Book by Not for Tourists. Series: Not for Tourists Guide to Chicago. Both of us had visited Chicago multiple times and knew the very basics but realized we needed more guidance in navigating the streets and making our way through the maze of information we were finding online regarding apartments and neighborhoods. The Not for Tourists Guide was the best investment we have made since deciding to move (excluding the fantastic Bucktown loft we ended up choosing). The main thing is, there's a lot more maps.

There's a ton of essential information in this Not For Tourists Guide. Featuring clear, easy-to-read maps and graphics, listings of key services, restaurants, shops, schools, entertainment venues, public transportation, parks, pull out maps and more. Library descriptions.

NFT - Chicago is the one book to carry around in your backpack as you cruise the city - but pay attention to the title. The first thing to do with this book when you get it is to spend the time to walk through it, particularly through the chapters beyond the maps, and most particularly through the "Arts and Entertainment" sections. Once you've done that, then get acquainted with how the maps work by looking at a map of a neighborhood you know well.

Who said that native intelligence can't be bought? Whether you're just moved into the neighborhood or you've been there for 20 years, there's a ton of essential information in the Not For Tourists Guide. Featuring clear, easy-to-read maps and graphics, NFT Guides of major cities put everything residents need to take advantage of the wealth of local services and resources at their fingertips.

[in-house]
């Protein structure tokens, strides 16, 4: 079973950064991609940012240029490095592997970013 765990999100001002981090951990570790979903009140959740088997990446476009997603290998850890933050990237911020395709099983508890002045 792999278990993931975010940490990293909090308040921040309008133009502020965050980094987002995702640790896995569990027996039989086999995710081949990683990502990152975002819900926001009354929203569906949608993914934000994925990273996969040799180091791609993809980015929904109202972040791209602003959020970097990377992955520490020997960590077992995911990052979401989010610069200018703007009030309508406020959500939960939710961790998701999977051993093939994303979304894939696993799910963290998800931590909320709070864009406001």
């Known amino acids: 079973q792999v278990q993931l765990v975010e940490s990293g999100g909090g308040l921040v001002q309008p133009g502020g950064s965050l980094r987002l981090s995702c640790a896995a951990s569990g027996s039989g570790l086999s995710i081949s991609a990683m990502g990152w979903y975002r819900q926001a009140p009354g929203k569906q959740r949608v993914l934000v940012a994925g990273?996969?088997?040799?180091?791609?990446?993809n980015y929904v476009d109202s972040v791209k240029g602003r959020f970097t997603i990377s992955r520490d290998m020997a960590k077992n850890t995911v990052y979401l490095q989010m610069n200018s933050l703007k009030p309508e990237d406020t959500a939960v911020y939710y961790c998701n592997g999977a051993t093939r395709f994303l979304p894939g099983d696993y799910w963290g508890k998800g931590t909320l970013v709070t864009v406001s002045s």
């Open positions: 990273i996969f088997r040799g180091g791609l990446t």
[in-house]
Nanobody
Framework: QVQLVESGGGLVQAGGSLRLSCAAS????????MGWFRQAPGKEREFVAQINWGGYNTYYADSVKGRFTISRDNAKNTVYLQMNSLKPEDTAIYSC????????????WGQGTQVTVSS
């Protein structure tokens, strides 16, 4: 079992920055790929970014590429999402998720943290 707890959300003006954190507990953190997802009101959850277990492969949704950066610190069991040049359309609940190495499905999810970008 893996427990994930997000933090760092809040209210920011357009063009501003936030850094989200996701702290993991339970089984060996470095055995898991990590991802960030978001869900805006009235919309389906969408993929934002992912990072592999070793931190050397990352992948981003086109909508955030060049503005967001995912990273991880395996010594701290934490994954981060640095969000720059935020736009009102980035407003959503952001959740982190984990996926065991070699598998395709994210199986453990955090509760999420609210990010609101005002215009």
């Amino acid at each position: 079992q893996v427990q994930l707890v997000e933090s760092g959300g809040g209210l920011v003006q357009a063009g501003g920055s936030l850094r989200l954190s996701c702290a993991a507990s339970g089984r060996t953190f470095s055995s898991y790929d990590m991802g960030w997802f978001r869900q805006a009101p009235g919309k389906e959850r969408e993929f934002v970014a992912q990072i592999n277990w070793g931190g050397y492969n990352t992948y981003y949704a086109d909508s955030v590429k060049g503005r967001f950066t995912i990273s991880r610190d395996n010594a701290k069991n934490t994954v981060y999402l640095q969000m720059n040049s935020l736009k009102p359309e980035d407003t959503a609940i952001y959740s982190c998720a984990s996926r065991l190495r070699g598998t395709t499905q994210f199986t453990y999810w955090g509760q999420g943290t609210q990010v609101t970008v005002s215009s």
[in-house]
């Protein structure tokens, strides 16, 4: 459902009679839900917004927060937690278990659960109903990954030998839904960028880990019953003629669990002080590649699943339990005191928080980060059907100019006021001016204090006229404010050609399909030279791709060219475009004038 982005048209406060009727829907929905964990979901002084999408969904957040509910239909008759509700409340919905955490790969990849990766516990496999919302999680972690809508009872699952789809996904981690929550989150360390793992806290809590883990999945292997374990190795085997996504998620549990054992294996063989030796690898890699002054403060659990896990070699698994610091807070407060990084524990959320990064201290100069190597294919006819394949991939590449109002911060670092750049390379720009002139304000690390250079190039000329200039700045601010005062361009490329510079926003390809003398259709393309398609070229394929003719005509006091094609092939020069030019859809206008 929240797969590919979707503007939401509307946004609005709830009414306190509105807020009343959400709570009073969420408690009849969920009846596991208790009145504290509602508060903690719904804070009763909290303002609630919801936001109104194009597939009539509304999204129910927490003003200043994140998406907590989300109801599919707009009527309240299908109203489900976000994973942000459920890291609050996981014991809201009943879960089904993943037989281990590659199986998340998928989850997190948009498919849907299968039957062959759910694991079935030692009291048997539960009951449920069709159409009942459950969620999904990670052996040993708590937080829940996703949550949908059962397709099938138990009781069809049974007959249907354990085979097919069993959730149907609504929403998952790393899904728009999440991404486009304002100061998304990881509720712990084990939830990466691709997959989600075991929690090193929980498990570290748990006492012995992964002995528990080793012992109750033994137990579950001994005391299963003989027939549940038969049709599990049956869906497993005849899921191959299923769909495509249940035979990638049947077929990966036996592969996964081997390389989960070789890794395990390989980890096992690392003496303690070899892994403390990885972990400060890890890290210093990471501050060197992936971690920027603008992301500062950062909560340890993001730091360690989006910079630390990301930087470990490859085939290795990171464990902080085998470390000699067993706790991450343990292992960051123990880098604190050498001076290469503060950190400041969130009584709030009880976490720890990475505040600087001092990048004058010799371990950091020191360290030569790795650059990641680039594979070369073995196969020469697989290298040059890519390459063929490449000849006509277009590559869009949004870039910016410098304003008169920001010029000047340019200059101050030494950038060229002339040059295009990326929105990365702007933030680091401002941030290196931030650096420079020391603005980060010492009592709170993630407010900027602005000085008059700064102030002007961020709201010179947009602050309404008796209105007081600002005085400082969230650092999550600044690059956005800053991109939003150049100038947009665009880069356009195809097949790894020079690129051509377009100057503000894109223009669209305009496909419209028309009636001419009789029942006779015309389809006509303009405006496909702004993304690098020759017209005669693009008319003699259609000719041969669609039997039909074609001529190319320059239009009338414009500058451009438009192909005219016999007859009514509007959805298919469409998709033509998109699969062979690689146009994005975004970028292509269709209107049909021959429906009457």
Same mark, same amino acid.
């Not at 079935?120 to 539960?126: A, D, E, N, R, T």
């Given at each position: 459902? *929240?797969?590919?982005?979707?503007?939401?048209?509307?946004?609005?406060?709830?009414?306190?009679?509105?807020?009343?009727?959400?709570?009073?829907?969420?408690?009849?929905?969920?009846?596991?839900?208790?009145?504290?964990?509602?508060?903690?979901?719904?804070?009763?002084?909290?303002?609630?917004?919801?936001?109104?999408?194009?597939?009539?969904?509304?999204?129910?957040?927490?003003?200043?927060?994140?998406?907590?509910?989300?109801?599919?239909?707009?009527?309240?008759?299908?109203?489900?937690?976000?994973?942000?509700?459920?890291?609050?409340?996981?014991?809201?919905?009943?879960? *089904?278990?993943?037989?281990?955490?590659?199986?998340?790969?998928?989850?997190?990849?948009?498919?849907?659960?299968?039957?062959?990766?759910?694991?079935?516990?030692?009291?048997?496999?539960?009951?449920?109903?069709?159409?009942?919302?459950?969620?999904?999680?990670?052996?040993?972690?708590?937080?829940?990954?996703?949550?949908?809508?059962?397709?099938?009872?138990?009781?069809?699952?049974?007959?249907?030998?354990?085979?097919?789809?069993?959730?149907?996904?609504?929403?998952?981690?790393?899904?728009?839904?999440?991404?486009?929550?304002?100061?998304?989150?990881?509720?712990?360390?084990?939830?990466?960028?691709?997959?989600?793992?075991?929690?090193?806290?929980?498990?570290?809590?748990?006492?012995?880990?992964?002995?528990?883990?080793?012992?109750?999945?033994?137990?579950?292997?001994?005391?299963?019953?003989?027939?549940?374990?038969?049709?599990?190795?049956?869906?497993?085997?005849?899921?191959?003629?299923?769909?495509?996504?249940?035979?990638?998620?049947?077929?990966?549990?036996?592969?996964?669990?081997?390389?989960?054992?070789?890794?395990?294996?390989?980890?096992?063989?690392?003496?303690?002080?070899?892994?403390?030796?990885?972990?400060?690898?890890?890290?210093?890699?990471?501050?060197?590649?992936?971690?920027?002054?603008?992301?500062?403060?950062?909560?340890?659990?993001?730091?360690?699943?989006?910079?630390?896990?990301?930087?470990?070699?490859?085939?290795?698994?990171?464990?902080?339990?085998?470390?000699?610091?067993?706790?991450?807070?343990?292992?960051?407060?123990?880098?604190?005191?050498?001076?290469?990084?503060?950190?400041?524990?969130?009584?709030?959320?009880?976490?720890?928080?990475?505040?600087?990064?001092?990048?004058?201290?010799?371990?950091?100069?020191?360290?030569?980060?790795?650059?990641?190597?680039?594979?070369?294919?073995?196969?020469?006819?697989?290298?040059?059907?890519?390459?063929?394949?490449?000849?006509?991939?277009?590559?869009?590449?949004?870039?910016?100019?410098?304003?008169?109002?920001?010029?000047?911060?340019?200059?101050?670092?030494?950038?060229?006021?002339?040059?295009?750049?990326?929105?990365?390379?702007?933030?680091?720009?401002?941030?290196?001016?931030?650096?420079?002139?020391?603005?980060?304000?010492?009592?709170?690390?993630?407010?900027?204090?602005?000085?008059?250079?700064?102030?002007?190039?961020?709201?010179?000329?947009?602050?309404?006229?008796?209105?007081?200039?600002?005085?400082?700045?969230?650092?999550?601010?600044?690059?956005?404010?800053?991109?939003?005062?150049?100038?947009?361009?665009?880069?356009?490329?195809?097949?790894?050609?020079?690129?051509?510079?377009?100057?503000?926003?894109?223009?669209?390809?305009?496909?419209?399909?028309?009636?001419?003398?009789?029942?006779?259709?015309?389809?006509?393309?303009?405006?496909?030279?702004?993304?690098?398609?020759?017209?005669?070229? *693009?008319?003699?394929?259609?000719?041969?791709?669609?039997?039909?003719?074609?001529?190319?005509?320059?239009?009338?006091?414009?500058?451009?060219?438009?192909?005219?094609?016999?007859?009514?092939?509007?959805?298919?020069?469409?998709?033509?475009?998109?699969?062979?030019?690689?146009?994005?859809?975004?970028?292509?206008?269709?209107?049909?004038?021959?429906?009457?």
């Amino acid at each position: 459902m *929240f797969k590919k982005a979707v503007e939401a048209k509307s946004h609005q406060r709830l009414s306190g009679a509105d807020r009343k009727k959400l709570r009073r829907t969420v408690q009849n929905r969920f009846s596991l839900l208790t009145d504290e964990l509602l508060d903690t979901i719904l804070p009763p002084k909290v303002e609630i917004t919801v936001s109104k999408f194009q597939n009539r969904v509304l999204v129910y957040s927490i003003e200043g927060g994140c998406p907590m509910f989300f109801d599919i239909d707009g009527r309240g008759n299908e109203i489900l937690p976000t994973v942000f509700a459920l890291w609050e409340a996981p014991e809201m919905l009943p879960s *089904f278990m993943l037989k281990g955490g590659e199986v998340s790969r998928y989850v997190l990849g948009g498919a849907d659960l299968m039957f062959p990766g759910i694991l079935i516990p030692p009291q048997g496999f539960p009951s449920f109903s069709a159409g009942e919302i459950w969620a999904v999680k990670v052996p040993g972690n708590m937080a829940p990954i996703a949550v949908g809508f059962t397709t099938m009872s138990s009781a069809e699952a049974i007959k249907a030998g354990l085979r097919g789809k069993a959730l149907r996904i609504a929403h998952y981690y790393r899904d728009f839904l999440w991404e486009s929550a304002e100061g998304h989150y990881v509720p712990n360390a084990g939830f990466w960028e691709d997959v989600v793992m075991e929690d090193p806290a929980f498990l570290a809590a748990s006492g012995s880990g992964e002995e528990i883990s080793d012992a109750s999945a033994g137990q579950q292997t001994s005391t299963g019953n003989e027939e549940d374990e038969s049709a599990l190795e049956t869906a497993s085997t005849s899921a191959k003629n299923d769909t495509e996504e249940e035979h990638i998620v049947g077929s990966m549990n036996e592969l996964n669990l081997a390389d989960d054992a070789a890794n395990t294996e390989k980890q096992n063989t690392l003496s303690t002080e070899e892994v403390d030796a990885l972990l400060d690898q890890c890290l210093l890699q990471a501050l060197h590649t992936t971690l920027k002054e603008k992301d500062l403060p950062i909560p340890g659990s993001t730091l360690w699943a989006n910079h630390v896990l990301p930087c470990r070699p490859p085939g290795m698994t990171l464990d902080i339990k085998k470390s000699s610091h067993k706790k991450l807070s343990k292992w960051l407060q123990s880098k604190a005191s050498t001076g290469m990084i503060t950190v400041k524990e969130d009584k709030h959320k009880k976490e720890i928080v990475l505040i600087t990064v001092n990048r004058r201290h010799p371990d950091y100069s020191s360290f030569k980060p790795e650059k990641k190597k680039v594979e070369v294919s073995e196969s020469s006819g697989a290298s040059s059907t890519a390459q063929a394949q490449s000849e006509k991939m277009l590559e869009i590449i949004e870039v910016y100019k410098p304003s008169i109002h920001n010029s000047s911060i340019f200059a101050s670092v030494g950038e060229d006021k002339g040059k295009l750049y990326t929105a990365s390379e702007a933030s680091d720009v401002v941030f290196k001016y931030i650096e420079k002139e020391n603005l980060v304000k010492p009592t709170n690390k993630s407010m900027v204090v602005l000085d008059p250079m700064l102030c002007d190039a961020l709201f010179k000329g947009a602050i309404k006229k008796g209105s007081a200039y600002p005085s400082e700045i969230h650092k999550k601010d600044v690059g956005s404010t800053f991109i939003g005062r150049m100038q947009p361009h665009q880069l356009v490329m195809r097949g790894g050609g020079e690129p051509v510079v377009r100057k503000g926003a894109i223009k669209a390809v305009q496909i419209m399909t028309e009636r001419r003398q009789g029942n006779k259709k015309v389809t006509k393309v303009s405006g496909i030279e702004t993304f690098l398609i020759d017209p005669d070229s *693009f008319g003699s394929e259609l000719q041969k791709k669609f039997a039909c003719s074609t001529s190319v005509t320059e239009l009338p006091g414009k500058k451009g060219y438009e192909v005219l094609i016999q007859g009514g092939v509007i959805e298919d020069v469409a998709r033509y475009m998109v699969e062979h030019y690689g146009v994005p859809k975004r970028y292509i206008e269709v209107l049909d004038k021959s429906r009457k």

User reviews
Malahelm
NFT - Chicago is the one book to carry around in your backpack as you cruise the city - but pay attention to the title. It really is not for tourists.

The first thing to do with this book when you get it is to spend the time to walk through it, particularly through the chapters beyond the maps, and most particularly through the "Arts and Entertainment" sections. Once you've done that, then get acquainted with how the maps work by looking at a map of a neighborhood you know well. Never mind that it might not include your favorite corner bar or hot dog stand. Just get to understand how it works with an area you know.

Once you've made friends with the book, then start using it as you walk, ride the "L", or drive in the city. The street maps are very good and each map identifies key places in the neighborhood.